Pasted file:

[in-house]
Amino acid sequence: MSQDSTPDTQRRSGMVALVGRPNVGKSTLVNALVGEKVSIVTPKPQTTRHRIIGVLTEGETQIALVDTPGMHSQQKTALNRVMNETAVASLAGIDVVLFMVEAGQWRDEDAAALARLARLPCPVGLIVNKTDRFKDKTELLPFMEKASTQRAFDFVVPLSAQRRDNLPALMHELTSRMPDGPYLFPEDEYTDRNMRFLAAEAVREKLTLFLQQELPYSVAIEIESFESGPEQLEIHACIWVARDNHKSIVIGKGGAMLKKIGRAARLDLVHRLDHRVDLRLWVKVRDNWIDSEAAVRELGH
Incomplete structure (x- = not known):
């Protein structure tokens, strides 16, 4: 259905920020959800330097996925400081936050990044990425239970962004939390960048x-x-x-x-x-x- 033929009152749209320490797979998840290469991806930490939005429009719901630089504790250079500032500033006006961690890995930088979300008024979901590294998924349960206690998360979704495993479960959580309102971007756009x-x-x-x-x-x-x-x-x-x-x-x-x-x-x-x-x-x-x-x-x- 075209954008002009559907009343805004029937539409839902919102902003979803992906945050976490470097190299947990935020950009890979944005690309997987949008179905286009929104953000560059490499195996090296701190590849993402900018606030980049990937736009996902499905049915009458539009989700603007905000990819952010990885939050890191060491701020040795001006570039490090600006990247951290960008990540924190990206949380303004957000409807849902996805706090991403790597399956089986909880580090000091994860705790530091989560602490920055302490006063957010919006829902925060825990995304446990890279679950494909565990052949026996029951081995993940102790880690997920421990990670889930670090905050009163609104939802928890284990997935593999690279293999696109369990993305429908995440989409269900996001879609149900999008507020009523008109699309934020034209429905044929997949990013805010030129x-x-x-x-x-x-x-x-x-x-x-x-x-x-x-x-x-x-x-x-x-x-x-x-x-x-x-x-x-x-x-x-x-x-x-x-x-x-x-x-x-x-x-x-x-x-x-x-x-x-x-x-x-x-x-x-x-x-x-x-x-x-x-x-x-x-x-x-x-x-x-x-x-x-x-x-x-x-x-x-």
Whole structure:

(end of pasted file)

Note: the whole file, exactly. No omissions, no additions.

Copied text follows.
[in-house]
Amino acid sequence: MSQDSTPDTQRRSGMVALVGRPNVGKSTLVNALVGEKVSIVTPKPQTTRHRIIGVLTEGETQIALVDTPGMHSQQKTALNRVMNETAVASLAGIDVVLFMVEAGQWRDEDAAALARLARLPCPVGLIVNKTDRFKDKTELLPFMEKASTQRAFDFVVPLSAQRRDNLPALMHELTSRMPDGPYLFPEDEYTDRNMRFLAAEAVREKLTLFLQQELPYSVAIEIESFESGPEQLEIHACIWVARDNHKSIVIGKGGAMLKKIGRAARLDLVHRLDHRVDLRLWVKVRDNWIDSEAAVRELGH
Incomplete structure (x- = not known):
């Protein structure tokens, strides 16, 4: 259905920020959800330097996925400081936050990044990425239970962004939390960048x-x-x-x-x-x- 033929009152749209320490797979998840290469991806930490939005429009719901630089504790250079500032500033006006961690890995930088979300008024979901590294998924349960206690998360979704495993479960959580309102971007756009x-x-x-x-x-x-x-x-x-x-x-x-x-x-x-x-x-x-x-x-x- 075209954008002009559907009343805004029937539409839902919102902003979803992906945050976490470097190299947990935020950009890979944005690309997987949008179905286009929104953000560059490499195996090296701190590849993402900018606030980049990937736009996902499905049915009458539009989700603007905000990819952010990885939050890191060491701020040795001006570039490090600006990247951290960008990540924190990206949380303004957000409807849902996805706090991403790597399956089986909880580090000091994860705790530091989560602490920055302490006063957010919006829902925060825990995304446990890279679950494909565990052949026996029951081995993940102790880690997920421990990670889930670090905050009163609104939802928890284990997935593999690279293999696109369990993305429908995440989409269900996001879609149900999008507020009523008109699309934020034209429905044929997949990013805010030129x-x-x-x-x-x-x-x-x-x-x-x-x-x-x-x-x-x-x-x-x-x-x-x-x-x-x-x-x-x-x-x-x-x-x-x-x-x-x-x-x-x-x-x-x-x-x-x-x-x-x-x-x-x-x-x-x-x-x-x-x-x-x-x-x-x-x-x-x-x-x-x-x-x-x-x-x-x-x-x-």
Whole structure: